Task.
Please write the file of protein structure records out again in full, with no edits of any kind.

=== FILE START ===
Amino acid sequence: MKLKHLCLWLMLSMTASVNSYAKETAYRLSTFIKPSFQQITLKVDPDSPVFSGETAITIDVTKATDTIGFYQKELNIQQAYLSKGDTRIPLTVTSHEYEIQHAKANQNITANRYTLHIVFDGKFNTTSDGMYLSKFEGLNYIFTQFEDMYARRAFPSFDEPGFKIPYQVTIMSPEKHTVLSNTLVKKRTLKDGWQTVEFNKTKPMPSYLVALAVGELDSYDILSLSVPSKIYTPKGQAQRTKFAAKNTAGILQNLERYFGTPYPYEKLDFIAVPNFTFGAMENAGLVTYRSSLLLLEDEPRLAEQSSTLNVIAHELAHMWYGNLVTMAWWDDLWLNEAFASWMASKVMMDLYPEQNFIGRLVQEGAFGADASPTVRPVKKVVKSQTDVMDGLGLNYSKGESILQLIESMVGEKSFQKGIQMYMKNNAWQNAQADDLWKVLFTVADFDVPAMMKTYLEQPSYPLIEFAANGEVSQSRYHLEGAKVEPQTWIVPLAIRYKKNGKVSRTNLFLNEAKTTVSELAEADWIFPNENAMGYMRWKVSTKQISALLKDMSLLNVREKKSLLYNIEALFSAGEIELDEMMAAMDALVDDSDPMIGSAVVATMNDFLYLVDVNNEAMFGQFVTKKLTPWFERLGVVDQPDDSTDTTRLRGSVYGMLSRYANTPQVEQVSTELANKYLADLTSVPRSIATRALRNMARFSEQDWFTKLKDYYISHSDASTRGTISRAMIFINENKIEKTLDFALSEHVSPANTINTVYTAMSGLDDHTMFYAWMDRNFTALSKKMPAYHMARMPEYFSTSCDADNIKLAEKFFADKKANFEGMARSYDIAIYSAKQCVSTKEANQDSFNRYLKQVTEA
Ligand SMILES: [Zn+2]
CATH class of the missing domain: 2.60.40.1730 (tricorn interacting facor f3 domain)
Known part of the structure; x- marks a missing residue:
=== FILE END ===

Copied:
Amino acid sequence: MKLKHLCLWLMLSMTASVNSYAKETAYRLSTFIKPSFQQITLKVDPDSPVFSGETAITIDVTKATDTIGFYQKELNIQQAYLSKGDTRIPLTVTSHEYEIQHAKANQNITANRYTLHIVFDGKFNTTSDGMYLSKFEGLNYIFTQFEDMYARRAFPSFDEPGFKIPYQVTIMSPEKHTVLSNTLVKKRTLKDGWQTVEFNKTKPMPSYLVALAVGELDSYDILSLSVPSKIYTPKGQAQRTKFAAKNTAGILQNLERYFGTPYPYEKLDFIAVPNFTFGAMENAGLVTYRSSLLLLEDEPRLAEQSSTLNVIAHELAHMWYGNLVTMAWWDDLWLNEAFASWMASKVMMDLYPEQNFIGRLVQEGAFGADASPTVRPVKKVVKSQTDVMDGLGLNYSKGESILQLIESMVGEKSFQKGIQMYMKNNAWQNAQADDLWKVLFTVADFDVPAMMKTYLEQPSYPLIEFAANGEVSQSRYHLEGAKVEPQTWIVPLAIRYKKNGKVSRTNLFLNEAKTTVSELAEADWIFPNENAMGYMRWKVSTKQISALLKDMSLLNVREKKSLLYNIEALFSAGEIELDEMMAAMDALVDDSDPMIGSAVVATMNDFLYLVDVNNEAMFGQFVTKKLTPWFERLGVVDQPDDSTDTTRLRGSVYGMLSRYANTPQVEQVSTELANKYLADLTSVPRSIATRALRNMARFSEQDWFTKLKDYYISHSDASTRGTISRAMIFINENKIEKTLDFALSEHVSPANTINTVYTAMSGLDDHTMFYAWMDRNFTALSKKMPAYHMARMPEYFSTSCDADNIKLAEKFFADKKANFEGMARSYDIAIYSAKQCVSTKEANQDSFNRYLKQVTEA
Ligand SMILES: [Zn+2]
CATH class of the missing domain: 2.60.40.1730 (tricorn interacting facor f3 domain)
Known part of the structure; x- marks a missing residue: